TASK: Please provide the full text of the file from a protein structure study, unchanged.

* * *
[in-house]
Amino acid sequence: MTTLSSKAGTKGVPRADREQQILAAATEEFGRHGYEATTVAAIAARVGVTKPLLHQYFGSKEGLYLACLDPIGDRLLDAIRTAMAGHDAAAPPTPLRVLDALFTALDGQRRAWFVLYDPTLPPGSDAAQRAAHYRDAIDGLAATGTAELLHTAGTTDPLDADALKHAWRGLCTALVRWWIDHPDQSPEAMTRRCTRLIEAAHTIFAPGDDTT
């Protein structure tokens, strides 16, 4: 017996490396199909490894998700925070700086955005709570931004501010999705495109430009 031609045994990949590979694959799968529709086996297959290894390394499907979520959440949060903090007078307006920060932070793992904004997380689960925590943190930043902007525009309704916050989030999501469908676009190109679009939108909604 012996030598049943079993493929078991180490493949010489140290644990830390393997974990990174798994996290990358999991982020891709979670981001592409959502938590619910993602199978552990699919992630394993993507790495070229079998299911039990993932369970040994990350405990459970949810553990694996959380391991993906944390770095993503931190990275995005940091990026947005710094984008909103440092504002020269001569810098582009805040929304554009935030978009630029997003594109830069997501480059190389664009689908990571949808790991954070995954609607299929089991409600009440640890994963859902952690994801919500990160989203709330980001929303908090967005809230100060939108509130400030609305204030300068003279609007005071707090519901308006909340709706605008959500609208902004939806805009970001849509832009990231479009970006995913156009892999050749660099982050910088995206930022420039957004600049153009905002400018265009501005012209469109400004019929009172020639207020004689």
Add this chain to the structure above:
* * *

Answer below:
[in-house]
Amino acid sequence: MTTLSSKAGTKGVPRADREQQILAAATEEFGRHGYEATTVAAIAARVGVTKPLLHQYFGSKEGLYLACLDPIGDRLLDAIRTAMAGHDAAAPPTPLRVLDALFTALDGQRRAWFVLYDPTLPPGSDAAQRAAHYRDAIDGLAATGTAELLHTAGTTDPLDADALKHAWRGLCTALVRWWIDHPDQSPEAMTRRCTRLIEAAHTIFAPGDDTT
């Protein structure tokens, strides 16, 4: 017996490396199909490894998700925070700086955005709570931004501010999705495109430009 031609045994990949590979694959799968529709086996297959290894390394499907979520959440949060903090007078307006920060932070793992904004997380689960925590943190930043902007525009309704916050989030999501469908676009190109679009939108909604 012996030598049943079993493929078991180490493949010489140290644990830390393997974990990174798994996290990358999991982020891709979670981001592409959502938590619910993602199978552990699919992630394993993507790495070229079998299911039990993932369970040994990350405990459970949810553990694996959380391991993906944390770095993503931190990275995005940091990026947005710094984008909103440092504002020269001569810098582009805040929304554009935030978009630029997003594109830069997501480059190389664009689908990571949808790991954070995954609607299929089991409600009440640890994963859902952690994801919500990160989203709330980001929303908090967005809230100060939108509130400030609305204030300068003279609007005071707090519901308006909340709706605008959500609208902004939806805009970001849509832009990231479009970006995913156009892999050749660099982050910088995206930022420039957004600049153009905002400018265009501005012209469109400004019929009172020639207020004689």
Add this chain to the structure above: